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Changing Your Lifestyle Following Treatment of Acute Myeloid Leukemia (AML)

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Published on March 1, 2016

Dr. Charles Craddock of the Queen Elizabeth Hospital in Birmingham, UK, discusses the importance of maintaining a healthy lifestyle following treatment of acute leukemias. Ensuring good sleeping patterns, a balanced diet and incorporating exercise into the everyday routine, as well as having family and friends' support, is important to a successful transition into normal life. Recorded at the American Society of Hematology (ASH) 2015 Annual Meeting in Orlando, FL.

This programme has been supported by Pfizer, through an unrestricted educational grant to the Patient Empowerment Foundation


Transcript | Changing Your Lifestyle Following Treatment of Acute Myeloid Leukemia (AML)

If patients’ blood counts have recovered and they’ve been allowed to go home, I think support from friends or family is very important.  Eating a healthy diet, and we’re fairly liberal about what people can eat, people… your appetite changes after chemotherapy.  Eating little and often, and, I think, getting into an exercise routine is really helpful; going out for a walk or more twice a day, having a little exercise chart pinned to the fridge, that’s really important.  You’d want to be thoughtful about patients sleeping well, perhaps care of their Hickman line.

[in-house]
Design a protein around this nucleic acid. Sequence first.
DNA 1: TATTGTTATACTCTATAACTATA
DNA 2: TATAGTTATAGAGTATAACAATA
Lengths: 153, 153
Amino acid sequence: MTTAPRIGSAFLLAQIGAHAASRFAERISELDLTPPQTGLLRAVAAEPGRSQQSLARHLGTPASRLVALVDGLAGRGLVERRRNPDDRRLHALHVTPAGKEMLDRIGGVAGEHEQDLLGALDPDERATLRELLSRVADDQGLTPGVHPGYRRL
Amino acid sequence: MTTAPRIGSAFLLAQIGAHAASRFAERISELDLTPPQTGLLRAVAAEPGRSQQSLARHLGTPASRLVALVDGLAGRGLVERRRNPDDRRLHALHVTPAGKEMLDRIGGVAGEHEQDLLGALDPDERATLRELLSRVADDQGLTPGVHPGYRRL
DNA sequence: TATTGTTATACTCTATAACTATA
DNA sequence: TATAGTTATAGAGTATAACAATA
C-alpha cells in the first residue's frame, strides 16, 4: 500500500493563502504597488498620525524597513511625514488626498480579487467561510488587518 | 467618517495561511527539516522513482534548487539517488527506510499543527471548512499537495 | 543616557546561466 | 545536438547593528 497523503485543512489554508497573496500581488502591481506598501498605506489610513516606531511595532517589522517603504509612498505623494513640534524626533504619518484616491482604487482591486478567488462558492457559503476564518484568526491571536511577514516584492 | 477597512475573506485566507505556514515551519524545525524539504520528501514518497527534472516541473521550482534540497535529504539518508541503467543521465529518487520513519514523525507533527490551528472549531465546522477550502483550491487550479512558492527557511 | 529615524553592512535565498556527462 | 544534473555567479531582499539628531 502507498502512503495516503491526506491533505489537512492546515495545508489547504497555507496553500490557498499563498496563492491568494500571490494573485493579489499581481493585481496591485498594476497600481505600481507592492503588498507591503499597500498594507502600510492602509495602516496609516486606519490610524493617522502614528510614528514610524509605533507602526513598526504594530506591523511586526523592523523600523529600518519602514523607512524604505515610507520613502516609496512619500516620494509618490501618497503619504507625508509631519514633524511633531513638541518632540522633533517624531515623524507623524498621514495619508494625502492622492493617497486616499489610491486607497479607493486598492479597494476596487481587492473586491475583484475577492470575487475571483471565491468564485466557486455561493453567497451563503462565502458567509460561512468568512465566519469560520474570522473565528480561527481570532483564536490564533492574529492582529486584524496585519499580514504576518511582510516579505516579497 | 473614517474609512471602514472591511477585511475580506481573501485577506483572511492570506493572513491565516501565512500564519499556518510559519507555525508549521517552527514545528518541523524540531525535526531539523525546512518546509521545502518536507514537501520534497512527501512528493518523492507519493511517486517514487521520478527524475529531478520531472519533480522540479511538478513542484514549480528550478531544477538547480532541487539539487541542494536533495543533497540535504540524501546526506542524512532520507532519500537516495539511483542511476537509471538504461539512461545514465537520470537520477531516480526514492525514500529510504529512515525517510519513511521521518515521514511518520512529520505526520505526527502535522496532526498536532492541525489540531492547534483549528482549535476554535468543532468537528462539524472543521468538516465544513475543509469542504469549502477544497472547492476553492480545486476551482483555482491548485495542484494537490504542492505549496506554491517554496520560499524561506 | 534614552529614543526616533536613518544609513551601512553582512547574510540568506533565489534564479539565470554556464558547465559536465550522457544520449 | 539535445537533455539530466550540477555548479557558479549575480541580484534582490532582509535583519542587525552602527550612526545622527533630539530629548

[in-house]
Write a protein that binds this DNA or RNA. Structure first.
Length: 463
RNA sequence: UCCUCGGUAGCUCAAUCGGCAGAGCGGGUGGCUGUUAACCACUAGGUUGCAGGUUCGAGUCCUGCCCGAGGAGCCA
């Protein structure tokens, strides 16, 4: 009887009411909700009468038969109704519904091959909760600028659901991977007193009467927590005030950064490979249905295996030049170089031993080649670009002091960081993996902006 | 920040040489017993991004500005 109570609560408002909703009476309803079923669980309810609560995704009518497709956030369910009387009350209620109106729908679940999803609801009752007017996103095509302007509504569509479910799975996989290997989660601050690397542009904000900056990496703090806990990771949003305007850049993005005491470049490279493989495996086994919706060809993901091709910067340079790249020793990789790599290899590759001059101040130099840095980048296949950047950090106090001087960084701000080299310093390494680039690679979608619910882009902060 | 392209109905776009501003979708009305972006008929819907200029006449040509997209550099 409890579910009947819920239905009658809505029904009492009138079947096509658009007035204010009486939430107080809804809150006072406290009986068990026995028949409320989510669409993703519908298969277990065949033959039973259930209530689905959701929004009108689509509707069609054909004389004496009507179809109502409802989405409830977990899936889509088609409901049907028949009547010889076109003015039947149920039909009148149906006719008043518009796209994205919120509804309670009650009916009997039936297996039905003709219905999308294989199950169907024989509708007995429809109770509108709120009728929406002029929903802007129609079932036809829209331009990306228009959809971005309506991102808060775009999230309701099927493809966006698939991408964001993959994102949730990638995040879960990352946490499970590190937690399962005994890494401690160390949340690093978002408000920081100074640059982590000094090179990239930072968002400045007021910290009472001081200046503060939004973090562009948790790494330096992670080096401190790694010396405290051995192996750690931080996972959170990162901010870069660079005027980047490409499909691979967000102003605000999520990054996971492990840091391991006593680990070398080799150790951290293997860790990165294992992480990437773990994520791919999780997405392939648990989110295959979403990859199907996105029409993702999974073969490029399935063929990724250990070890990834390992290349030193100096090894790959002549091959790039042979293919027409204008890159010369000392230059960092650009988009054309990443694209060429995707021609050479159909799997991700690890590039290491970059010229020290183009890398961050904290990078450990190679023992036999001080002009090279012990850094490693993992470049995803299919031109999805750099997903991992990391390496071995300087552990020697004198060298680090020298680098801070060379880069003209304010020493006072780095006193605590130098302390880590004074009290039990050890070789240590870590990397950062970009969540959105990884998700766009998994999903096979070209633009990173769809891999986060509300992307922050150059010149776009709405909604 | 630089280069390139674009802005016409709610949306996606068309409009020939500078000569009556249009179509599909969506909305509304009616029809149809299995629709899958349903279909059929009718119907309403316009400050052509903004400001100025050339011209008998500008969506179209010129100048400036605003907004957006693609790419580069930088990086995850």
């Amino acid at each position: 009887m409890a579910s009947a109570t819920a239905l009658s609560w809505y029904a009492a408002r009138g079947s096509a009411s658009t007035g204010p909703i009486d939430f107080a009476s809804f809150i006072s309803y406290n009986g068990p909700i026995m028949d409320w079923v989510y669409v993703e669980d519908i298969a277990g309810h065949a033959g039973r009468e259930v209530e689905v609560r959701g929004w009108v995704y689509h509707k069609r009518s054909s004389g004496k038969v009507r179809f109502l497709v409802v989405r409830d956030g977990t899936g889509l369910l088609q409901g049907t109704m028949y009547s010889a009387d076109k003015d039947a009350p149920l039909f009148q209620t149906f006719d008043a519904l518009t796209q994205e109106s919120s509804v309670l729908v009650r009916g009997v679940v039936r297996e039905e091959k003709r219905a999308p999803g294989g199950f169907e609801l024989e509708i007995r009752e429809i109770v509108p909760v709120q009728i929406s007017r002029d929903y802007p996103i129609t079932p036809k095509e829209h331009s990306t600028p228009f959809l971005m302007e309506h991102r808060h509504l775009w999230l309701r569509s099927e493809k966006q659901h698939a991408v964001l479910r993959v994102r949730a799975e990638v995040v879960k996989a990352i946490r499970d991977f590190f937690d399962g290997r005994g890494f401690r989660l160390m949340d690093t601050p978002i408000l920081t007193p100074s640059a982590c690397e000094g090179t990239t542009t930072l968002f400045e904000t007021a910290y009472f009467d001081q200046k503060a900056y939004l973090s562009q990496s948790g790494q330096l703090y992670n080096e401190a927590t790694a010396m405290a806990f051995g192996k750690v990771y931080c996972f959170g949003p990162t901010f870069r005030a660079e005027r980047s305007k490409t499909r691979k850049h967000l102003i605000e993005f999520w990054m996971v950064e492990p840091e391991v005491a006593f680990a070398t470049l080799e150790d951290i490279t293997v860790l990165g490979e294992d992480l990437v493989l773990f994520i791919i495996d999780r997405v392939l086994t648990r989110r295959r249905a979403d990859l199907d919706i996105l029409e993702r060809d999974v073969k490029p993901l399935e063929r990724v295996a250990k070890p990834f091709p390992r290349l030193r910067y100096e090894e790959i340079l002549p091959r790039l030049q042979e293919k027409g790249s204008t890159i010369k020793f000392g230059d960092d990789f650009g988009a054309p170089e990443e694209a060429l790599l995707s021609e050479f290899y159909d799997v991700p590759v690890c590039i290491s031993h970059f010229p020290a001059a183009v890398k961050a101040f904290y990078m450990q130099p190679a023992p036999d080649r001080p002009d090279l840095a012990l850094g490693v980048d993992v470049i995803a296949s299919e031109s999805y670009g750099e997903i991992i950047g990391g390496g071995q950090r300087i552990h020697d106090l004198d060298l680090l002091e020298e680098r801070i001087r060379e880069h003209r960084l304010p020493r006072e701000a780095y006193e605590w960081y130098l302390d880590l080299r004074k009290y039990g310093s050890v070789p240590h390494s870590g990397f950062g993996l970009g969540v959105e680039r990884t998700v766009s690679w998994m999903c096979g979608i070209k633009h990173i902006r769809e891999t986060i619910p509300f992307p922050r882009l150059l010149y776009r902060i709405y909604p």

But it’s often really, really good for morale to go home, but that first 24 hours going home can be a bit scary, because it’s like you’re coming out of a cocoon. And so patients need to be reassured about that, they need to be reassured that their blood counts have come up and the risk of infection is pretty low, but also that they can of course contact their healthcare team.  And then they have to prepare themselves for the thought of the next cycle of chemotherapy and then possibly a transplant.  But increasingly you’d be saying to patients that it’s a bit like running a marathon, but the aim of the marathon is to cure the disease.

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